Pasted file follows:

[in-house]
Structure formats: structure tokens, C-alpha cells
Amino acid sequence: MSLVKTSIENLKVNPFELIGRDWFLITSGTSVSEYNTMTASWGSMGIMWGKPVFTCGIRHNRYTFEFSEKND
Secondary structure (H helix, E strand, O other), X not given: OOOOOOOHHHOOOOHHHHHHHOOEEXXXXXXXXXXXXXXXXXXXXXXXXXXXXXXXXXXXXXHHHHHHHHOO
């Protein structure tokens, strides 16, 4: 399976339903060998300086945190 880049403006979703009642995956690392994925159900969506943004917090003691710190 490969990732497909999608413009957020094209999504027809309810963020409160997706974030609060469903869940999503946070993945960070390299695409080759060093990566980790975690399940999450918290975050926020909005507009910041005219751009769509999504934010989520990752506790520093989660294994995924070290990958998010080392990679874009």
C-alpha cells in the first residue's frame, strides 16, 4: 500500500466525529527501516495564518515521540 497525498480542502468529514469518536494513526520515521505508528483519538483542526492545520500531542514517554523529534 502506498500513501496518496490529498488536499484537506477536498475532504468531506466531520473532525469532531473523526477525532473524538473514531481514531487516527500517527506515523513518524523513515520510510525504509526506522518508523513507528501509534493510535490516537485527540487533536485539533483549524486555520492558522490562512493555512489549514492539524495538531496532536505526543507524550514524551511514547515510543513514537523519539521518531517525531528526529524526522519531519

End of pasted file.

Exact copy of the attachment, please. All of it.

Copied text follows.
[in-house]
Structure formats: structure tokens, C-alpha cells
Amino acid sequence: MSLVKTSIENLKVNPFELIGRDWFLITSGTSVSEYNTMTASWGSMGIMWGKPVFTCGIRHNRYTFEFSEKND
Secondary structure (H helix, E strand, O other), X not given: OOOOOOOHHHOOOOHHHHHHHOOEEXXXXXXXXXXXXXXXXXXXXXXXXXXXXXXXXXXXXXHHHHHHHHOO
């Protein structure tokens, strides 16, 4: 399976339903060998300086945190 880049403006979703009642995956690392994925159900969506943004917090003691710190 490969990732497909999608413009957020094209999504027809309810963020409160997706974030609060469903869940999503946070993945960070390299695409080759060093990566980790975690399940999450918290975050926020909005507009910041005219751009769509999504934010989520990752506790520093989660294994995924070290990958998010080392990679874009």
C-alpha cells in the first residue's frame, strides 16, 4: 500500500466525529527501516495564518515521540 497525498480542502468529514469518536494513526520515521505508528483519538483542526492545520500531542514517554523529534 502506498500513501496518496490529498488536499484537506477536498475532504468531506466531520473532525469532531473523526477525532473524538473514531481514531487516527500517527506515523513518524523513515520510510525504509526506522518508523513507528501509534493510535490516537485527540487533536485539533483549524486555520492558522490562512493555512489549514492539524495538531496532536505526543507524550514524551511514547515510543513514537523519539521518531517525531528526529524526522519531519